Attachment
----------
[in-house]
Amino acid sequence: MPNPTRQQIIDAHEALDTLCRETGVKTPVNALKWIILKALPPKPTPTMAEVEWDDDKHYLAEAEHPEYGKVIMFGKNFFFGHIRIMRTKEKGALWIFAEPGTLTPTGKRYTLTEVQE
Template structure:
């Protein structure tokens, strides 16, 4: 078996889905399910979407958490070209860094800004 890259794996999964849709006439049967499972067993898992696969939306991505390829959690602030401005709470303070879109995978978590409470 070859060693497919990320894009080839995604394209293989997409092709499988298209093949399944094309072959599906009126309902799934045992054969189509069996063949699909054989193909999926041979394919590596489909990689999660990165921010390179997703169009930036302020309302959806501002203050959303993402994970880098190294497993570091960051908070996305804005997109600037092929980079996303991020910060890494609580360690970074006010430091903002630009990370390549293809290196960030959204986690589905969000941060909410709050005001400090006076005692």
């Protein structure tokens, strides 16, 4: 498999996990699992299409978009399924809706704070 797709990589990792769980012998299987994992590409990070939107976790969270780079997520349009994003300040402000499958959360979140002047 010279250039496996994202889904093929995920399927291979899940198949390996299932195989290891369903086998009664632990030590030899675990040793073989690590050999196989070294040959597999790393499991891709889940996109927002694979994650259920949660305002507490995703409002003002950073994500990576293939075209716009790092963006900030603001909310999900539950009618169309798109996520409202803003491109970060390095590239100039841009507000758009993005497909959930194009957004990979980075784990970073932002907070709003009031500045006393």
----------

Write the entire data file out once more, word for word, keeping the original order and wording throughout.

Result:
[in-house]
Amino acid sequence: MPNPTRQQIIDAHEALDTLCRETGVKTPVNALKWIILKALPPKPTPTMAEVEWDDDKHYLAEAEHPEYGKVIMFGKNFFFGHIRIMRTKEKGALWIFAEPGTLTPTGKRYTLTEVQE
Template structure:
């Protein structure tokens, strides 16, 4: 078996889905399910979407958490070209860094800004 890259794996999964849709006439049967499972067993898992696969939306991505390829959690602030401005709470303070879109995978978590409470 070859060693497919990320894009080839995604394209293989997409092709499988298209093949399944094309072959599906009126309902799934045992054969189509069996063949699909054989193909999926041979394919590596489909990689999660990165921010390179997703169009930036302020309302959806501002203050959303993402994970880098190294497993570091960051908070996305804005997109600037092929980079996303991020910060890494609580360690970074006010430091903002630009990370390549293809290196960030959204986690589905969000941060909410709050005001400090006076005692």
């Protein structure tokens, strides 16, 4: 498999996990699992299409978009399924809706704070 797709990589990792769980012998299987994992590409990070939107976790969270780079997520349009994003300040402000499958959360979140002047 010279250039496996994202889904093929995920399927291979899940198949390996299932195989290891369903086998009664632990030590030899675990040793073989690590050999196989070294040959597999790393499991891709889940996109927002694979994650259920949660305002507490995703409002003002950073994500990576293939075209716009790092963006900030603001909310999900539950009618169309798109996520409202803003491109970060390095590239100039841009507000758009993005497909959930194009957004990979980075784990970073932002907070709003009031500045006393």